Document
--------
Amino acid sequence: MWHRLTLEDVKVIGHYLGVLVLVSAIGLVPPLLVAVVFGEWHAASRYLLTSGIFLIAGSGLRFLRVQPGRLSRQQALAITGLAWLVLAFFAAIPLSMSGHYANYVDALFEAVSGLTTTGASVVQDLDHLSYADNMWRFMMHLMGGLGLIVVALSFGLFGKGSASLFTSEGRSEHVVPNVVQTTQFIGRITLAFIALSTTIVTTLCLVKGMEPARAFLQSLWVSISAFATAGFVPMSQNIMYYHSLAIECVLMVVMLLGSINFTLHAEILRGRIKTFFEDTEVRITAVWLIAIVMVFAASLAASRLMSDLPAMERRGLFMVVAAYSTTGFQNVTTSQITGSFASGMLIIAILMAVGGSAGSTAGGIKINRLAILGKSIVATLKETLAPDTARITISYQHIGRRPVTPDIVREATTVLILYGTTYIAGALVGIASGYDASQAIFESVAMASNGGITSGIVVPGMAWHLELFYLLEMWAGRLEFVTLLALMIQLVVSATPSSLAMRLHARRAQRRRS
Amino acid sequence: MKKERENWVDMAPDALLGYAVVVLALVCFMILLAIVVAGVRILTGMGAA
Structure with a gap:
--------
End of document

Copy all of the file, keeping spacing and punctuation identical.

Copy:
Amino acid sequence: MWHRLTLEDVKVIGHYLGVLVLVSAIGLVPPLLVAVVFGEWHAASRYLLTSGIFLIAGSGLRFLRVQPGRLSRQQALAITGLAWLVLAFFAAIPLSMSGHYANYVDALFEAVSGLTTTGASVVQDLDHLSYADNMWRFMMHLMGGLGLIVVALSFGLFGKGSASLFTSEGRSEHVVPNVVQTTQFIGRITLAFIALSTTIVTTLCLVKGMEPARAFLQSLWVSISAFATAGFVPMSQNIMYYHSLAIECVLMVVMLLGSINFTLHAEILRGRIKTFFEDTEVRITAVWLIAIVMVFAASLAASRLMSDLPAMERRGLFMVVAAYSTTGFQNVTTSQITGSFASGMLIIAILMAVGGSAGSTAGGIKINRLAILGKSIVATLKETLAPDTARITISYQHIGRRPVTPDIVREATTVLILYGTTYIAGALVGIASGYDASQAIFESVAMASNGGITSGIVVPGMAWHLELFYLLEMWAGRLEFVTLLALMIQLVVSATPSSLAMRLHARRAQRRRS
Amino acid sequence: MKKERENWVDMAPDALLGYAVVVLALVCFMILLAIVVAGVRILTGMGAA
Structure with a gap: